The older of the two suspects in the widely reported police shooting attended a detention hearing at the District Court of East Uusimaa in Vantaa on Thursday, 29 August 2019. (Vesa Moilanen – Lehtikuva)

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THE DISTRICT COURT of East Uusimaa has detained the brothers suspected of shooting at police officers in Porvoo, Southern Finland, on Sunday.

The Swedish-born 30- and 25-year-old men were detained for probable cause of two attempted murders over the shooting that left two police officers seriously injured in a small industrial park in Porvoo, a roughly 50,000-resident town located 50 kilometres east of Helsinki.

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The older brother also holds Finnish citizenship.

It is likely that the men will be charged with more than two counts of attempted murders once the investigators have ascertained the details of the high-speed chase that led to the arrest of the suspects in Pirkanmaa at 8.36pm on Sunday. The offence of attempted murder carries a penalty of 2–12 years in prison, with multiple counts allowing courts to add up to three years to the sentence.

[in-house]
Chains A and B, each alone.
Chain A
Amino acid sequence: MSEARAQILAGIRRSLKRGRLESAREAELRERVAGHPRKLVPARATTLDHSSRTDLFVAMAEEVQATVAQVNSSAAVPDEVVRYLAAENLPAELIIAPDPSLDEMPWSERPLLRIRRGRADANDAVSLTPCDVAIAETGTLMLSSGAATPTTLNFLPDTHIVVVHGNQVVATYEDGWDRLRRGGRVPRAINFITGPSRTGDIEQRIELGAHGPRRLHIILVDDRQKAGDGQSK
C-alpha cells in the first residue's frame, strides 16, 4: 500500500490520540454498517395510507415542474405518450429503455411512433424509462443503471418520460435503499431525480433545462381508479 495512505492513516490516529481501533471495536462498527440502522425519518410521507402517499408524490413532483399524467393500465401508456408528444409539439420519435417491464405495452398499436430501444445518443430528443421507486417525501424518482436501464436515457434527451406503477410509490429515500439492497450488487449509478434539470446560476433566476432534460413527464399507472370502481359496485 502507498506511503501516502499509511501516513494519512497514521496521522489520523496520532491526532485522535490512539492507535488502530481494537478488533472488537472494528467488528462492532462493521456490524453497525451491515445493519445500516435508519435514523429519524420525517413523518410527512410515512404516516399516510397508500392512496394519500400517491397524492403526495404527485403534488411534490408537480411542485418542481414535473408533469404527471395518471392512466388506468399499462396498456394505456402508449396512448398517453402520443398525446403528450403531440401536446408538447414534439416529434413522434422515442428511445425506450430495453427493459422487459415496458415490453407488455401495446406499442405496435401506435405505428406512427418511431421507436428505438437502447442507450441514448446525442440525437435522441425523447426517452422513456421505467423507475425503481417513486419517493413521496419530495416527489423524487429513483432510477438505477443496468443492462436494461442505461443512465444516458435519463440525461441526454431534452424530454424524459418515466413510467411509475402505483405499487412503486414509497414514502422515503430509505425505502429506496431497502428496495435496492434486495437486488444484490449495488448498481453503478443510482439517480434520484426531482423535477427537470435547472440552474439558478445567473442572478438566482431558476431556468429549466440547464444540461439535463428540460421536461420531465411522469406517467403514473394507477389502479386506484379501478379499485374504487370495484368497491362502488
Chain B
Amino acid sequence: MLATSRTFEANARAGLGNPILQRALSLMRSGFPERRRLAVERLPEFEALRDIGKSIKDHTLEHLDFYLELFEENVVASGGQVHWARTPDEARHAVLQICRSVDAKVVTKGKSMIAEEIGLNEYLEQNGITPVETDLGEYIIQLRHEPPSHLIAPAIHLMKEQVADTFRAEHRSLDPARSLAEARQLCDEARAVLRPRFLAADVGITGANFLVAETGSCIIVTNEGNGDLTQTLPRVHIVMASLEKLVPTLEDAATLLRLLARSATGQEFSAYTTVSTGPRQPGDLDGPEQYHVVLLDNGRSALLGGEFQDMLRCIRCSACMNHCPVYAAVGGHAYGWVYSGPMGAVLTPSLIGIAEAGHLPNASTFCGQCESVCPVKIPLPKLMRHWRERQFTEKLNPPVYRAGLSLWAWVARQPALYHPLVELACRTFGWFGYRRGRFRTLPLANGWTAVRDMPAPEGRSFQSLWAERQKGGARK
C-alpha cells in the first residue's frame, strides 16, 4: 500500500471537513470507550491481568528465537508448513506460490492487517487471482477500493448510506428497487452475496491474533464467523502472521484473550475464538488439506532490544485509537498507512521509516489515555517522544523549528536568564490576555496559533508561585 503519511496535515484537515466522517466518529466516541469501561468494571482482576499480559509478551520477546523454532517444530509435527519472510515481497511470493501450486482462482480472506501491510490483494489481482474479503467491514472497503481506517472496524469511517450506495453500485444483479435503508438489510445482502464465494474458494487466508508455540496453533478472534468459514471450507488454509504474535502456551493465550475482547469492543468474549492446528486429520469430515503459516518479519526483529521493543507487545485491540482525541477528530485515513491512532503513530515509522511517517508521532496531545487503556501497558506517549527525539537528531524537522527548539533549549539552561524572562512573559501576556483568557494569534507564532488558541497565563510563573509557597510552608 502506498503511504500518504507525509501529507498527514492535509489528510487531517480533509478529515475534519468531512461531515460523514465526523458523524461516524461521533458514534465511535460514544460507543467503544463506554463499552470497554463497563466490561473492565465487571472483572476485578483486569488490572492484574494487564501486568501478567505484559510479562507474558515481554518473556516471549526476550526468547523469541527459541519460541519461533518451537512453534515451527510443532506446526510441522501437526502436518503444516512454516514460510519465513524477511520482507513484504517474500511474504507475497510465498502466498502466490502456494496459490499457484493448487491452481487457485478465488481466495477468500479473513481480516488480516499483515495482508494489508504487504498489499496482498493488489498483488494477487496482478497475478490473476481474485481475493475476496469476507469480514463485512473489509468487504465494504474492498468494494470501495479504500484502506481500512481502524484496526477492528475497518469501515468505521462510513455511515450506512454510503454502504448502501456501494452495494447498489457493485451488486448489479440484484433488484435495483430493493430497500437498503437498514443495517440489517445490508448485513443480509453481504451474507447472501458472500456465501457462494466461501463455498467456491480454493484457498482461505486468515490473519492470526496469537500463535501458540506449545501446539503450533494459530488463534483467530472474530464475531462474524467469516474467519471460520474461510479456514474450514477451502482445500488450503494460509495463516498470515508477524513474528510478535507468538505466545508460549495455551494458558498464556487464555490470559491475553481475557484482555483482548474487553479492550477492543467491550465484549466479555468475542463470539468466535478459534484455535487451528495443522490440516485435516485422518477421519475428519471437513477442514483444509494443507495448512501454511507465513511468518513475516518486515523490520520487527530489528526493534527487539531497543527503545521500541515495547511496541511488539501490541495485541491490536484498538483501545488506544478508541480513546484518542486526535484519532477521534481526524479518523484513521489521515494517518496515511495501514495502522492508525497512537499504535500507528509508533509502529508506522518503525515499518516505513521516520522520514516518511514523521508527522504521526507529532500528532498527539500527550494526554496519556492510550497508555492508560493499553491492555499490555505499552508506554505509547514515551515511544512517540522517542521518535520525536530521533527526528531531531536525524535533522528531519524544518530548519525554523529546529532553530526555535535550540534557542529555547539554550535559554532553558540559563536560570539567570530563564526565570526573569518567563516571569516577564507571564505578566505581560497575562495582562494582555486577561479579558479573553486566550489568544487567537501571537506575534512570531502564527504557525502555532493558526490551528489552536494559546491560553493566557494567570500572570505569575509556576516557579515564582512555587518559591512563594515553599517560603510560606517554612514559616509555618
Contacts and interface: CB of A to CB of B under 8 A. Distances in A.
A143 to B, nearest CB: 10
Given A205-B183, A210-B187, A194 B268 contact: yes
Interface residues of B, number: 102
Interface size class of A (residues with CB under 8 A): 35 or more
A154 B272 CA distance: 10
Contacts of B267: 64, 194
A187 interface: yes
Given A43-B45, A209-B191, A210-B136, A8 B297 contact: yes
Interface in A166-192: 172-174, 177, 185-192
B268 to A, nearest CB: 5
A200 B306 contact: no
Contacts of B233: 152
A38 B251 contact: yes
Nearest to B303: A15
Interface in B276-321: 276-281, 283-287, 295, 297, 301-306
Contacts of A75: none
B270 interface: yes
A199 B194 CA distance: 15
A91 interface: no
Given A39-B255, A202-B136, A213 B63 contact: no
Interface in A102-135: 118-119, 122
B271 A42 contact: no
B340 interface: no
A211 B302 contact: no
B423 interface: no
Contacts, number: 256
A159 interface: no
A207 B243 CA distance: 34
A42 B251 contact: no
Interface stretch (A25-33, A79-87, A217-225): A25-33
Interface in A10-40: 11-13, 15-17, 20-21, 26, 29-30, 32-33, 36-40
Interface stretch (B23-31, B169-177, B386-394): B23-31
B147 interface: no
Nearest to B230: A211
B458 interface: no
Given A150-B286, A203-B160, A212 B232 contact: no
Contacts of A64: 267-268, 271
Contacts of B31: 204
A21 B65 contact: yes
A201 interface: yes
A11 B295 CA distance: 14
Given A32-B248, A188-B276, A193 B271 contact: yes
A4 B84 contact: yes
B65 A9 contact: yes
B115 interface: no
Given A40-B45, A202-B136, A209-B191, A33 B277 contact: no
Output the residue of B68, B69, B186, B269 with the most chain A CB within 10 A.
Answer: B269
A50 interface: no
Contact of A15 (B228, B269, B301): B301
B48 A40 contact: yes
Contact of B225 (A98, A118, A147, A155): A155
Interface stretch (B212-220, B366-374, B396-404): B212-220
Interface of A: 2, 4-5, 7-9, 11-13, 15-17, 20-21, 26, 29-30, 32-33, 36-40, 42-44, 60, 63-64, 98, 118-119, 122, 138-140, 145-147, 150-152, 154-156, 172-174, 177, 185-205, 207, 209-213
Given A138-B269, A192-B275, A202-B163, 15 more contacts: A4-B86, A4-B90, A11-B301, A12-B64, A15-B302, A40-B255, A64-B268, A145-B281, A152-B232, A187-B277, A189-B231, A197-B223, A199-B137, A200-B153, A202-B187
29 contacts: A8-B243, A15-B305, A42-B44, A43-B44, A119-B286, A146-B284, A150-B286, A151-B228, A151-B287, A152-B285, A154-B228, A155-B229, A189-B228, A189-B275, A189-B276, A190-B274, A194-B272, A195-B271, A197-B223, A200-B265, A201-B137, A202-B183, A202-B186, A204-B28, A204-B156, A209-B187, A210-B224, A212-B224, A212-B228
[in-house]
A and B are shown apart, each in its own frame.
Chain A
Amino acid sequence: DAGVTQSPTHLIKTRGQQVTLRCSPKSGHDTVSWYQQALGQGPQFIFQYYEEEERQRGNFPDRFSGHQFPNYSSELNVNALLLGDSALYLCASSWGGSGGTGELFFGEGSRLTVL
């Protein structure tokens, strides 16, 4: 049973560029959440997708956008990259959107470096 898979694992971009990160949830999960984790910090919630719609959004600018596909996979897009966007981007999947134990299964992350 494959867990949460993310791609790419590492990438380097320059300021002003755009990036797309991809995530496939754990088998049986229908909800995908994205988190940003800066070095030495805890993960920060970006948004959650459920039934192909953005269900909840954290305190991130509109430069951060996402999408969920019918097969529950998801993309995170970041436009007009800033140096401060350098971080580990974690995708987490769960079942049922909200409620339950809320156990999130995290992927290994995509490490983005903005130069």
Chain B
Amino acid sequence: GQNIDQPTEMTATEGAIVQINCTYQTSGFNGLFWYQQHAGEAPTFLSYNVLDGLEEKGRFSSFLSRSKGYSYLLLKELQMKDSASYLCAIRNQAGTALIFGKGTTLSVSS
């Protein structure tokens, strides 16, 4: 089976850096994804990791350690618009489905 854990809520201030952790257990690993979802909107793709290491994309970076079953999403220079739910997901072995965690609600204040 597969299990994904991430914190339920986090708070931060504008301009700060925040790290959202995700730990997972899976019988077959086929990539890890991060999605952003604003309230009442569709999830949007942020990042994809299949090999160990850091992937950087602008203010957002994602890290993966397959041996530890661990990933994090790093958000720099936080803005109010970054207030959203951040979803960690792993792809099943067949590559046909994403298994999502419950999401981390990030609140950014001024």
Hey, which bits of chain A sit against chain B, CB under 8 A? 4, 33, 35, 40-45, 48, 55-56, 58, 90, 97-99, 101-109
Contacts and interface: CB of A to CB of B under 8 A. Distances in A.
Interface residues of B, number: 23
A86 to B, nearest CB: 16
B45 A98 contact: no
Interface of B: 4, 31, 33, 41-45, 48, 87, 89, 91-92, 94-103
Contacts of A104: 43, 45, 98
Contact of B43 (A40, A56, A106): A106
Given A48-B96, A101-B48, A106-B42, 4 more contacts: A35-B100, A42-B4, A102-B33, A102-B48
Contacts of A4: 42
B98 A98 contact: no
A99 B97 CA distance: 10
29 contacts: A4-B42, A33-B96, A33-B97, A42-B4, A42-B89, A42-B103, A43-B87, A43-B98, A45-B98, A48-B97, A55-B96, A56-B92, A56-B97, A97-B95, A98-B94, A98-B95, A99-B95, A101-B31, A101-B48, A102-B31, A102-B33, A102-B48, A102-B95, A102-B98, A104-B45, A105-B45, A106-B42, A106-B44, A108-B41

Charges against the two suspects will have to be brought by 24 January 2020.

Kimmo Huhta-aho, the detective chief inspector heading the pre-trial investigation at the National Bureau of Investigation (KRP), on Thursday revealed that the investigation has thus far focused on the events surrounding last Sunday. The investigators, he added, will take into account a broad range of events leading up to the shooting in the coming days and weeks.

“We’ll take into consideration whether this is it or whether there’s something larger than life,” he was quoted as saying by Helsingin Sanomat.

Huhta-aho estimated in the immediate aftermath of the unusual shooting that the suspects had set out specifically to hurt public officials. He reiterated his assumption at the District Court of East Uusimaa on Thursday, according to Helsingin Sanomat.

“This was a deliberate act. The intent was to do exactly what happened,” he commented after the detention hearings.

Aleksi Teivainen – HT
Source: Uusi Suomi